From the beginning of the planning for the useless monument to the “wisdom” of our sitting government that the Met Council is pleased to call the Green Line, I accepted a few things as givens.
I accepted that the traffic, never pleasant on University Avenue, was going to turn into a Sisyphean ordeal.
I accepted that businesses more than a block or two from the stops, and businesses that depended on people making impulsive left turns for roughly half of their business, were going to have trouble. Didn’t like it, but what are you gonna do?
I accepted that the parts of University Avenue that weren’t gentrified into ridiculousness would become even more blighted than they were.
I even accepted that the entire thing was a mammoth exercise in picking winners and losers – the stores, constituents and ethnic groups that were more favored by the city came out better than those that were not. It was a great thing for DFL-voting fans of “high density” living along the corridor – white, middle class, middle-aged, professional. It was an OK thing for people who owned, or could obtain, or could afford to continue, businesses within easy and convenient walking distance of the stops.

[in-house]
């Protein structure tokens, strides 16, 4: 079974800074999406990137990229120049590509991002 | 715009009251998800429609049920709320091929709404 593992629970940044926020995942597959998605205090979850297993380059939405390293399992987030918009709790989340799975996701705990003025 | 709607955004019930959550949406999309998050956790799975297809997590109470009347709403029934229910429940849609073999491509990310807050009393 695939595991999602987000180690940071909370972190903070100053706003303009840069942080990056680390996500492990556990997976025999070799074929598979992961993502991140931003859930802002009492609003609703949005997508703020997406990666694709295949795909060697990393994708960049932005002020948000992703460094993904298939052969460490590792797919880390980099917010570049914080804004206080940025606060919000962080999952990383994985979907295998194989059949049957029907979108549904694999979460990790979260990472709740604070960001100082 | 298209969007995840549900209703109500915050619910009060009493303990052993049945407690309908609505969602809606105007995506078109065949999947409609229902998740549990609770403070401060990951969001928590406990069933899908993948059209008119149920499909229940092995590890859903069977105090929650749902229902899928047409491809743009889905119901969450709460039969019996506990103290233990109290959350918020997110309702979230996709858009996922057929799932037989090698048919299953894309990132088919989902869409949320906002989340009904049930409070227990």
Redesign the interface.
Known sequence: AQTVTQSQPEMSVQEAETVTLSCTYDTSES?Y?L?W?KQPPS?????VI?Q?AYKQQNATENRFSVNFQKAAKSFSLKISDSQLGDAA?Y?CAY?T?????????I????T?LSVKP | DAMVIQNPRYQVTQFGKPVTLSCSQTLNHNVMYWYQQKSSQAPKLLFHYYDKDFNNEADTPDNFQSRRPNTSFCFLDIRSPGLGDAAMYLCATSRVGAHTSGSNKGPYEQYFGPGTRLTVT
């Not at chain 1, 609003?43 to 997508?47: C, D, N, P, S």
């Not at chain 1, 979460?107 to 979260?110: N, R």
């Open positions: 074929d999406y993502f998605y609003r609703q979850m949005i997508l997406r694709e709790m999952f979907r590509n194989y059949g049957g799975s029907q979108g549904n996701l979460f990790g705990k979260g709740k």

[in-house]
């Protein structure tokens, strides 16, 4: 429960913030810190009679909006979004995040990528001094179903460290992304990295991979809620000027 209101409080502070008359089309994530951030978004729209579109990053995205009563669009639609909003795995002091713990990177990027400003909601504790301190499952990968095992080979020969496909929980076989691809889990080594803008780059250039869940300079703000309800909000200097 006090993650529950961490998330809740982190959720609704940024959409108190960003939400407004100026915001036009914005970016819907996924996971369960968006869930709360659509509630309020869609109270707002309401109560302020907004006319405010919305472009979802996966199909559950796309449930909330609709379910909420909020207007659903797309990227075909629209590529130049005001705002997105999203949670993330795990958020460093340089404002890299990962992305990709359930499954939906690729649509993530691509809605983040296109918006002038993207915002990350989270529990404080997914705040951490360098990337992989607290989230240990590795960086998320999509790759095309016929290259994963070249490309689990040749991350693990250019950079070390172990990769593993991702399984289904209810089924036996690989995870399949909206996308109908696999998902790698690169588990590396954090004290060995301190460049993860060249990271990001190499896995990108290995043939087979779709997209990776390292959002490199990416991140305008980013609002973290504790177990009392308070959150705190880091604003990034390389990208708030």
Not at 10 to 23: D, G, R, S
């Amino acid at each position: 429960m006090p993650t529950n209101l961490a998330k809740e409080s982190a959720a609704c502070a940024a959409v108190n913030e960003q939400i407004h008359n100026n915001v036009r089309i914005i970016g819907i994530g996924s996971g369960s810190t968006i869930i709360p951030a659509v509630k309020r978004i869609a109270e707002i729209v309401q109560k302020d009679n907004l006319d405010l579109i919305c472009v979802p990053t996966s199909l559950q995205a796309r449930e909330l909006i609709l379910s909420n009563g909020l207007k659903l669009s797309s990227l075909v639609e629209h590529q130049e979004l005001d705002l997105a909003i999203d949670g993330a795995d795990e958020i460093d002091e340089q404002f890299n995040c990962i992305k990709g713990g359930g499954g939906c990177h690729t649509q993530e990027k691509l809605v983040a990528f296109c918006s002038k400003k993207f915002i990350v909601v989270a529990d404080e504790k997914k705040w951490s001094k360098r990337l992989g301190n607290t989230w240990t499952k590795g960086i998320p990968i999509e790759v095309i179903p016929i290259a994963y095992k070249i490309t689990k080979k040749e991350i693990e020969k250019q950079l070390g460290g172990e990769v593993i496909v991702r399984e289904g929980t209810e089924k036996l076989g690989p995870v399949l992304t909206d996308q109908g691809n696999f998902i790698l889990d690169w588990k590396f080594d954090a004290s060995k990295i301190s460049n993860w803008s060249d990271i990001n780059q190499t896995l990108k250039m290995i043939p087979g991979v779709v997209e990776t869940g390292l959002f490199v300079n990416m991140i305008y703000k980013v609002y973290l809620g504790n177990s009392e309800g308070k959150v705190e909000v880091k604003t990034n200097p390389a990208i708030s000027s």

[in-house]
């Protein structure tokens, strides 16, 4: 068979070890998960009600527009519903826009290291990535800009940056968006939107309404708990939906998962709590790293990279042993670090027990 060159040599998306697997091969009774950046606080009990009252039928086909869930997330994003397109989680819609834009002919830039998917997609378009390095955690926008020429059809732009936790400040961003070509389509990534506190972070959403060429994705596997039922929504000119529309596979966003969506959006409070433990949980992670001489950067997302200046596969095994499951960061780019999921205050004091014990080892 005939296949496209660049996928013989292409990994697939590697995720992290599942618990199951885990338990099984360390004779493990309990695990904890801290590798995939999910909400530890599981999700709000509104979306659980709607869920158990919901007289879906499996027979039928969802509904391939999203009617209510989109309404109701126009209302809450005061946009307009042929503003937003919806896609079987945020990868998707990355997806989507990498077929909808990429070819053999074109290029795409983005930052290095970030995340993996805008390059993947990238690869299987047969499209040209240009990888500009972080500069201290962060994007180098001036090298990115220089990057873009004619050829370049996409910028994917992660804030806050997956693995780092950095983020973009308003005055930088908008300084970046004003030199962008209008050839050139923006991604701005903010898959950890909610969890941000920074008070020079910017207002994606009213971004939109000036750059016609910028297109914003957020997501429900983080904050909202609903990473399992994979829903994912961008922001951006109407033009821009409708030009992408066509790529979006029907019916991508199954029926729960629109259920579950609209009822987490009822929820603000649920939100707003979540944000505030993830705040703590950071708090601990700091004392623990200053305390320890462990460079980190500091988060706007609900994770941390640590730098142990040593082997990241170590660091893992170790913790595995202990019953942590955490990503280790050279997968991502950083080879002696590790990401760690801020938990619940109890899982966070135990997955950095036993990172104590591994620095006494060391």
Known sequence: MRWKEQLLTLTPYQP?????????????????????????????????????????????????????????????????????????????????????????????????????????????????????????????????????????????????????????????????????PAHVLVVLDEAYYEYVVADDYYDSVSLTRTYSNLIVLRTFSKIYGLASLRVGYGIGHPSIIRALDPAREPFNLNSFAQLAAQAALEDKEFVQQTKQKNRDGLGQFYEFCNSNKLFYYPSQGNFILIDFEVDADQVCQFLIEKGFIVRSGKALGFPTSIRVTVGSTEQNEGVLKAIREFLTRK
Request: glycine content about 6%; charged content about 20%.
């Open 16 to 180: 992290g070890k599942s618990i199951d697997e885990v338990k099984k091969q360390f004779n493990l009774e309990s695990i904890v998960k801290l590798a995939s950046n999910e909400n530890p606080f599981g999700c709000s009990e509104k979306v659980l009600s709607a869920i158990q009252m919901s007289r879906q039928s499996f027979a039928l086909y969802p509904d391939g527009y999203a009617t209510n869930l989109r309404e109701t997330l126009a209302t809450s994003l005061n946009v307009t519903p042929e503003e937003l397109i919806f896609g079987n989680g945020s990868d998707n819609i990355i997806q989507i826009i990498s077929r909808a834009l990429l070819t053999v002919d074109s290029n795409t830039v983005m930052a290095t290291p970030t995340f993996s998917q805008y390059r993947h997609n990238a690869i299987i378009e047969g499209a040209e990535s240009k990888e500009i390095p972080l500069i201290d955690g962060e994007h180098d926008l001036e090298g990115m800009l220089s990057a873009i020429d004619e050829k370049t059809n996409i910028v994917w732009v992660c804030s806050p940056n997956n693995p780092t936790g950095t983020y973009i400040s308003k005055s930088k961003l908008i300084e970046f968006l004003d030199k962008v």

All I asked – well, not all I asked, but the big favor to which I supplicated the demons of urban “progress” – was, whatever else you eff up, at least leave the Russian Tea House alone.
The Russian Tea House, a little hole in the wall at University at Fairview that sells the best piroshki, vareniki, borscht and other Russian goodies anywhere in town, is taking it in the shorts, naturally; the train from hell, which has blocked off all left turns that used to lead to the little restaurant, has slashed traffic to the store so badly, they’re down to one day a week:
“The first day they started ripping things out, a quarter of my customers went away. For the three years, I shut down for the whole summer,” he said. “All during construction, business was really bad. Now that the Green Line is open, there are no left hand turns, no parking in the street. The regular busses still stop, and if you’re behind the busses, you stop every block. We’re next to Wendy’s and their business is down 25 percent.”
“We’re opened only on Fridays now because during the week, no one comes. We’re two and a half blocks from a station. No one comes off the light rail to come here. No one will want to walk from there in the winter.”
The stupid is rolling over StPaul in waves.